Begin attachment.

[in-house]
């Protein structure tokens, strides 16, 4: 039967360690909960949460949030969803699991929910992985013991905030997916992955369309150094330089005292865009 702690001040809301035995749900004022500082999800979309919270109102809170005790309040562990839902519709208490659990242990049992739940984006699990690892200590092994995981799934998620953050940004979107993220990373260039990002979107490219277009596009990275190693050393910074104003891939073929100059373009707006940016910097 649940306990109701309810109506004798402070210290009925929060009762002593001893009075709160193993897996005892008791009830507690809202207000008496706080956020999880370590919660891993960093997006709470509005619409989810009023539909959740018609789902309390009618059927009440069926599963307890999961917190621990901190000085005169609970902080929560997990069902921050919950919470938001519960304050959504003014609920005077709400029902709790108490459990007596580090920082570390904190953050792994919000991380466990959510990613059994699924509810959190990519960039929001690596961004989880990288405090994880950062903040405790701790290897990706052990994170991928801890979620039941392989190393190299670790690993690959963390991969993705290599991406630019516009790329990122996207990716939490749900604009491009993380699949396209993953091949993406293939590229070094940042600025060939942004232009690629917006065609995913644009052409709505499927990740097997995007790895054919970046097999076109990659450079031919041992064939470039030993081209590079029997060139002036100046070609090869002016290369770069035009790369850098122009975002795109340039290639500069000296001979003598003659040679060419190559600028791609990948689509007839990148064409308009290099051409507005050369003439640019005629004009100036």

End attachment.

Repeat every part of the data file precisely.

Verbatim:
[in-house]
């Protein structure tokens, strides 16, 4: 039967360690909960949460949030969803699991929910992985013991905030997916992955369309150094330089005292865009 702690001040809301035995749900004022500082999800979309919270109102809170005790309040562990839902519709208490659990242990049992739940984006699990690892200590092994995981799934998620953050940004979107993220990373260039990002979107490219277009596009990275190693050393910074104003891939073929100059373009707006940016910097 649940306990109701309810109506004798402070210290009925929060009762002593001893009075709160193993897996005892008791009830507690809202207000008496706080956020999880370590919660891993960093997006709470509005619409989810009023539909959740018609789902309390009618059927009440069926599963307890999961917190621990901190000085005169609970902080929560997990069902921050919950919470938001519960304050959504003014609920005077709400029902709790108490459990007596580090920082570390904190953050792994919000991380466990959510990613059994699924509810959190990519960039929001690596961004989880990288405090994880950062903040405790701790290897990706052990994170991928801890979620039941392989190393190299670790690993690959963390991969993705290599991406630019516009790329990122996207990716939490749900604009491009993380699949396209993953091949993406293939590229070094940042600025060939942004232009690629917006065609995913644009052409709505499927990740097997995007790895054919970046097999076109990659450079031919041992064939470039030993081209590079029997060139002036100046070609090869002016290369770069035009790369850098122009975002795109340039290639500069000296001979003598003659040679060419190559600028791609990948689509007839990148064409308009290099051409507005050369003439640019005629004009100036």